Montcalm Area Intermediate School District pitches millage

By Kelli Ameling • Last Updated 4:52 pm on Tuesday, January 10, 2012

GREENVILLE — The Greenville Public Schools (GPS) Board of Education has until its February meeting to decide whether it agrees with a special education millage the Montcalm Area Intermediate School District (MAISD) wants to put on the August ballot.

MAISD Superintendent Scott Koenigsknecht approached the board during its regular meeting Monday night about a countywide millage proposal.

“This is just for dialogue,” Koenigsknecht said and added he was not looking for action on the item until February.

Koenigsknecht said the MAISD is looking to ask the voters of Montcalm County to decide whether to restore the 2.5 mills for special education by voting on a 0.3122 mill restoration and whether to add an additional mill to increase programming and help local district budgets.

However, if the boards of the seven school districts within Montcalm County do not vote to support the millage, the process will not move forward at this time.

Koenigsknecht presented the board with how the millage will affect Greenville if it is approved.

From 2006-2011, he showed that Greenville Public Schools had a decrease in students from 3,891 in 2006 to 3,730 in 2011.
This trend is the same for the county as a whole with 13,211 students in 2006 to 12,243 in 2011.

GPS has had a slight decrease in special education students as well, starting with 606 in 2006 to 547 in 2011.

On average, Greenville has spent about $4,094,981 over the past five years on special education costs and is only bringing in about $1,223,603 on average in special education revenues.

In order for Greenville to make up for the difference, Koenigsknecht said it has to use other resources such as the general fund, which has been about $2,871,378 on average.

He demonstrated to the board that the number of general education students needed to fund special education in 2011 alone was 402.
Currently, Koenigsknecht said Greenville has 93 students who are in MAISD programs, which provide for students from birth to age 26.

If the proposal is passed in August, Koenigsknecht said $1 million of the funds will be distributed back to the seven districts in the 2012-2013 school year. An additional $400,000 will be distributed to the districts each year after based on the pupil count for each school.

The remaining funds will be used to fund MAISD programs and services.

GPS Board of Education Treasurer James Anderson asked Koenigsknecht what specifically the MAISD planned to use its portion of the funds on.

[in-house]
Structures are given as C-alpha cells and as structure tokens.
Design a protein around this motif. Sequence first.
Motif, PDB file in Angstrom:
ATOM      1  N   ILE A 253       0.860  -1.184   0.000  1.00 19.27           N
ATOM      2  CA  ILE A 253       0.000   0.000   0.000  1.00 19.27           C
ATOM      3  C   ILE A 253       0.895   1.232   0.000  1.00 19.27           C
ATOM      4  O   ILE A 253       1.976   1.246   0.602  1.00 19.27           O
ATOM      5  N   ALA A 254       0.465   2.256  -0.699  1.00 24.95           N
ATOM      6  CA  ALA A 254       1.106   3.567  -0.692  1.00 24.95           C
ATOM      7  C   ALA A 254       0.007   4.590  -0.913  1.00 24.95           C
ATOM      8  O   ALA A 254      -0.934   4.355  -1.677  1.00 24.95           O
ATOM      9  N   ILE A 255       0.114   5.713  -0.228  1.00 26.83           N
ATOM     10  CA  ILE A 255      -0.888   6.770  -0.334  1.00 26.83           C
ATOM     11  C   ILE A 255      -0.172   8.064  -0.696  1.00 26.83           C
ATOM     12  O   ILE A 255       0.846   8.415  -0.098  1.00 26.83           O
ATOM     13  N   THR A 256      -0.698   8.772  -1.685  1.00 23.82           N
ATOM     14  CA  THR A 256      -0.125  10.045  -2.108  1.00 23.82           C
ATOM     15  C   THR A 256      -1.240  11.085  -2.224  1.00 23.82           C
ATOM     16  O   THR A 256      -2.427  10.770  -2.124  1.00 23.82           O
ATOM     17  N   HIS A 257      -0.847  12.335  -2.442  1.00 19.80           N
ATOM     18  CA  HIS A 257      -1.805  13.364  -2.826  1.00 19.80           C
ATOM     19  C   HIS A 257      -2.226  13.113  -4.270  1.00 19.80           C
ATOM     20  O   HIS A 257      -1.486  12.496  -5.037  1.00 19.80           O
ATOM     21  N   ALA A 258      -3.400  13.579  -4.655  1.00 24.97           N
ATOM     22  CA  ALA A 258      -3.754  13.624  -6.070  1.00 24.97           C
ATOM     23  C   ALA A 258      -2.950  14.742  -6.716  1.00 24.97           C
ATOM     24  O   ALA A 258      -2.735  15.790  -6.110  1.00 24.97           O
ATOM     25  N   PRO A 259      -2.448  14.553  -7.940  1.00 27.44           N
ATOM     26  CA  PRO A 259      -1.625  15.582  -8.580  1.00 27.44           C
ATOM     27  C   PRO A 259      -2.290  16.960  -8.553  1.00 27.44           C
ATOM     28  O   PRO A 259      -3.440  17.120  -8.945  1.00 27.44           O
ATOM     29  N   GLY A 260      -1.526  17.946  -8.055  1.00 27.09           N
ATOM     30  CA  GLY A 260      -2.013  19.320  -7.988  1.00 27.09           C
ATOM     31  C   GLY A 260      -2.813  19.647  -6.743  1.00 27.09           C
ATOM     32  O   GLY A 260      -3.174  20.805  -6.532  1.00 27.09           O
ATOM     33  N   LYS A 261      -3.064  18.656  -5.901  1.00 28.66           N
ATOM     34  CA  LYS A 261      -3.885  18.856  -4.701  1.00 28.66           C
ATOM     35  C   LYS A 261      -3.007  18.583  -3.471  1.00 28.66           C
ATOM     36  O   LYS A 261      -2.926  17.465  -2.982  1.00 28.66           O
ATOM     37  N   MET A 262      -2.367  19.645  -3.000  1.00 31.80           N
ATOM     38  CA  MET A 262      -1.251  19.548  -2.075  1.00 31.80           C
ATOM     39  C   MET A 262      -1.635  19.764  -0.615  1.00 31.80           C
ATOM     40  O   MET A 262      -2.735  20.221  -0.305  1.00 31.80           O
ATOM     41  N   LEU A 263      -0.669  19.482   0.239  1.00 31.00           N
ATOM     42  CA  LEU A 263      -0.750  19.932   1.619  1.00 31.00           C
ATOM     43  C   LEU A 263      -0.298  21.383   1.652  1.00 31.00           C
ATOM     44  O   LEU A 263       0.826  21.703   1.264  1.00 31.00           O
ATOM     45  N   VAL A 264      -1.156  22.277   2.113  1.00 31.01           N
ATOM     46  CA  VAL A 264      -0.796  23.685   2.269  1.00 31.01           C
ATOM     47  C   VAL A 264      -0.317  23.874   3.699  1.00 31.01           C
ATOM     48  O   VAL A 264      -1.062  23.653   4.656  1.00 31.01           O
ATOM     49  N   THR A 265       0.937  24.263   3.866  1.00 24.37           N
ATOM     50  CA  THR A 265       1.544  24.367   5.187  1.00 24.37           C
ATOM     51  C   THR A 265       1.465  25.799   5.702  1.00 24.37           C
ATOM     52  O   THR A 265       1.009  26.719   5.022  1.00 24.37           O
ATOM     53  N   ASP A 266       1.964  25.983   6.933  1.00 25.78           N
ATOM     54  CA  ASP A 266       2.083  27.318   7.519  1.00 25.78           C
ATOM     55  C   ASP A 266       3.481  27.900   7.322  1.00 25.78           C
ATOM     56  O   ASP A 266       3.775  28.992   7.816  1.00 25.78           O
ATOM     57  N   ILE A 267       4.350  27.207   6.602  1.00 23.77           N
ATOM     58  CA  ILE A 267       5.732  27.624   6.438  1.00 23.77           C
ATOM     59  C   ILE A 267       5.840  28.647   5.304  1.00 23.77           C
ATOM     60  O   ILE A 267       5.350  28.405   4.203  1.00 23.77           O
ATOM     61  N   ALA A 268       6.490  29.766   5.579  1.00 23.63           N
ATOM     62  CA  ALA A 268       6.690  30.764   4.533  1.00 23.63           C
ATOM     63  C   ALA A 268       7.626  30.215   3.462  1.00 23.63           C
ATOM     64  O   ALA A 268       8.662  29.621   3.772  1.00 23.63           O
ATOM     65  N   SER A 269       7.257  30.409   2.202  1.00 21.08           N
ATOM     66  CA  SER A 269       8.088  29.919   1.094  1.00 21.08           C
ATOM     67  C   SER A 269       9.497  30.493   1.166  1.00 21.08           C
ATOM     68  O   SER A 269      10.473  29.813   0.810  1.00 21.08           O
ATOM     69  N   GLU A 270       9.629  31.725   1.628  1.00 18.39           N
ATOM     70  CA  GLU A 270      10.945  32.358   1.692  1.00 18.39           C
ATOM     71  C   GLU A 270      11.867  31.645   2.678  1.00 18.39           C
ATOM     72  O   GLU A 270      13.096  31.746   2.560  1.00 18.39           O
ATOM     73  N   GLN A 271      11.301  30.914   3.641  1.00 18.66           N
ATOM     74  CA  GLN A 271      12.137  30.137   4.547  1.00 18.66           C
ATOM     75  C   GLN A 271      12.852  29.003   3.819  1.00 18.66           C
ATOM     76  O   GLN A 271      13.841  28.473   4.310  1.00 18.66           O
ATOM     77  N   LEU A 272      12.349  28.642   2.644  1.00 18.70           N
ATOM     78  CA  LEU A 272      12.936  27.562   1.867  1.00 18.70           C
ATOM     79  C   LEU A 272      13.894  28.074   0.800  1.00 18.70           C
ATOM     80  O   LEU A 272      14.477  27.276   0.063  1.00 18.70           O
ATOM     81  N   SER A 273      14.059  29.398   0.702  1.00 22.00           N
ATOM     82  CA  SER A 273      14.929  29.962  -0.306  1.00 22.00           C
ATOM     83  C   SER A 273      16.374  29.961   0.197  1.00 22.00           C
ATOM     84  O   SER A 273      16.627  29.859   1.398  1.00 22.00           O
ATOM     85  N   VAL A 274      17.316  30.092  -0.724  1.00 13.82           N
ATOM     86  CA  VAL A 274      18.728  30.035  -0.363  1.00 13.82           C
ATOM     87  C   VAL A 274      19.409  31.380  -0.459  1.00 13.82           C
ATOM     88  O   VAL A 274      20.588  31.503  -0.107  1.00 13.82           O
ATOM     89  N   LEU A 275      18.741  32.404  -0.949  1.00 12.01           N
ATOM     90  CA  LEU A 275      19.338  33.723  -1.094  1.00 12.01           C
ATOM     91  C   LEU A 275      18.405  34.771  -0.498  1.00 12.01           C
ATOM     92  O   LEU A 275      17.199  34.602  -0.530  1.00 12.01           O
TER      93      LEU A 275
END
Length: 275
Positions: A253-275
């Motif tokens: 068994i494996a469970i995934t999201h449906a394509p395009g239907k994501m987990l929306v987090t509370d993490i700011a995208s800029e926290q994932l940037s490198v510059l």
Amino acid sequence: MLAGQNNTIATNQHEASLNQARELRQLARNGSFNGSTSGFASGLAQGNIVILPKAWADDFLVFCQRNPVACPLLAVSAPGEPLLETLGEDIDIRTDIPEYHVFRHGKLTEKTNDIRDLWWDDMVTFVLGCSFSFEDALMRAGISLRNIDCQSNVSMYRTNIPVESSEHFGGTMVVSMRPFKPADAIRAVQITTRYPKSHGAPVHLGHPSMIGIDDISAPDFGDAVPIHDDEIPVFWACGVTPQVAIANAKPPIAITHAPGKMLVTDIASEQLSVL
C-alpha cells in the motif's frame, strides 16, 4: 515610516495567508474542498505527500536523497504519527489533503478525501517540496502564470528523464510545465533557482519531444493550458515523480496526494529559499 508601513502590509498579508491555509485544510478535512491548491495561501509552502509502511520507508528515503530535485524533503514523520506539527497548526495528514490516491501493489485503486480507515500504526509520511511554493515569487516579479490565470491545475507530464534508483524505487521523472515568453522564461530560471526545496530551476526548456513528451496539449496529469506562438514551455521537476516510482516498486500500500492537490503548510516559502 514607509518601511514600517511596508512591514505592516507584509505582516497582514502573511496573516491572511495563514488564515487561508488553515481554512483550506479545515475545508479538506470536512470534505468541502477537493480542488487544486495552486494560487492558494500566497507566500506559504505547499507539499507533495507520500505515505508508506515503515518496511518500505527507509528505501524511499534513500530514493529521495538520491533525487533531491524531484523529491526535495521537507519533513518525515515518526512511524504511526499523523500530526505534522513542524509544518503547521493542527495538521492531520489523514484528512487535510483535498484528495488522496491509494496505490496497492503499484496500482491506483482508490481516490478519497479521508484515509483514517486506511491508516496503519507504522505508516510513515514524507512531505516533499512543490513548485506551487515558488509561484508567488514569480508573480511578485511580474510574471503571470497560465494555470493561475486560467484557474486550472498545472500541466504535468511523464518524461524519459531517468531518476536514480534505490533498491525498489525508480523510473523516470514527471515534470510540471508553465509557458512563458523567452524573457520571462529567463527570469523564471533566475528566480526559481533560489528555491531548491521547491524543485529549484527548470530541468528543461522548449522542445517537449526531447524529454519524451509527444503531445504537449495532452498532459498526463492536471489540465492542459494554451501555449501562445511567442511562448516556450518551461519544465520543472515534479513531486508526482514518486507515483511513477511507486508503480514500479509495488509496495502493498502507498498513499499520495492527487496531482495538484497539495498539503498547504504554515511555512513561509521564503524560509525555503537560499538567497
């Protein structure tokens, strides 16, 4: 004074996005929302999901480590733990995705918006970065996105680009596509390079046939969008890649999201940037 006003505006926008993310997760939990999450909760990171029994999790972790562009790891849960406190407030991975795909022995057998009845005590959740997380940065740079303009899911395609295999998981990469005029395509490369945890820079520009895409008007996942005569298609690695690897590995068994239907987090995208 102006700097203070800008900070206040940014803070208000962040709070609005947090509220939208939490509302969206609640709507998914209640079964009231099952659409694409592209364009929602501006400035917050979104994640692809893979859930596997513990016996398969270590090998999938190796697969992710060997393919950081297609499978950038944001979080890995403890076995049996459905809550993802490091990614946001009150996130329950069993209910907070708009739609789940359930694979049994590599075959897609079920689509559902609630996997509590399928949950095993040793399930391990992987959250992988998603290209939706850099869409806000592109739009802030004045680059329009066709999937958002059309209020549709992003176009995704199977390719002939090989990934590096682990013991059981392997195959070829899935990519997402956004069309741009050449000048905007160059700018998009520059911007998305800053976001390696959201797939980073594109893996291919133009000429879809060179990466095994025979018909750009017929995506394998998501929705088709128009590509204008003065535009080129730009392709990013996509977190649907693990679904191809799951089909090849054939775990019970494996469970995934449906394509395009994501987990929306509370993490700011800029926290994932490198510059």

Koenigsknecht said proceeds of the millage would help offset budget deficits and provide additional administrative support for the MAISD’s seven local public school districts. Many people currently perform multiple jobs, he said.

The millage money also would be used to purchase and support new technology, which has yielded positive results in educating special education students.

“I want to know in terms of defining things,” Anderson said and added if an outline is set up beforehand it will help the voters.
GPS Board President Janet Ralph asked why the MAISD wanted the proposal on the August ballot and not November because it leaves only a short time to communicate with the public.

Koenigsknecht said the pros outweighed the cons for August. In August, the proposal will be highlighted as opposed to November when ballots will be hectic with presidential voting.

If the millage does not pass, Koenigsknecht said a per-pupil amount for each student in an ISD program will be billed to the resident district.

Many of the programs and services are mandated and cannot be cut, he said.

The last time voters approved an increase in special education funding was 24 years ago. Koenigsknecht said not only have expenses risen dramatically, but so has the number of students with disabilities, especially autism.

If the proposal does make it to the ballot, Koenigsknecht said it does not have to be approved in each district. It just has to have the majority of the vote within the whole county.

Millage Cost

The cost of the millage restoration and the additional mill:
• For the outcome of the 0.3122 millage restoration, if a person has a taxable value of $50,000 the cost per year will be $15.61, taxable value of $100,000 the cost per year will be $31.22 and a taxable value of $150,000 the cost per year will be $46.83.
• For the outcome of the additional mill, if a person has a taxable value of $50,000 the cost per year will be $50, a taxable value of $100,000 the cost per year will be $100 and a taxable value of $150,000 the cost per year will be $150.

Recent MAISD cuts

What the MAISD has done over the past five years to help control and cut costs:
• Reduce work force by 11 percent through attrition.
• Employees are paying 20 percent of their health care costs.
• Administrative staff changed insurance carriers.
• Eliminated programs and services not required by law.
• Changed property/casualty insurance carriers.
• Closed a building and consolidated programs.
• Limited staff conferences.
• Limited staff supplies.
• Implemented a zero based budget philosophy.
• Shared technology and business services with locals.
• Utilized technology to streamline procedures and cut costs.
• Obtained multiple grants in partnership with other ISDs.
• Share two administrative positions with Ionia County ISD.

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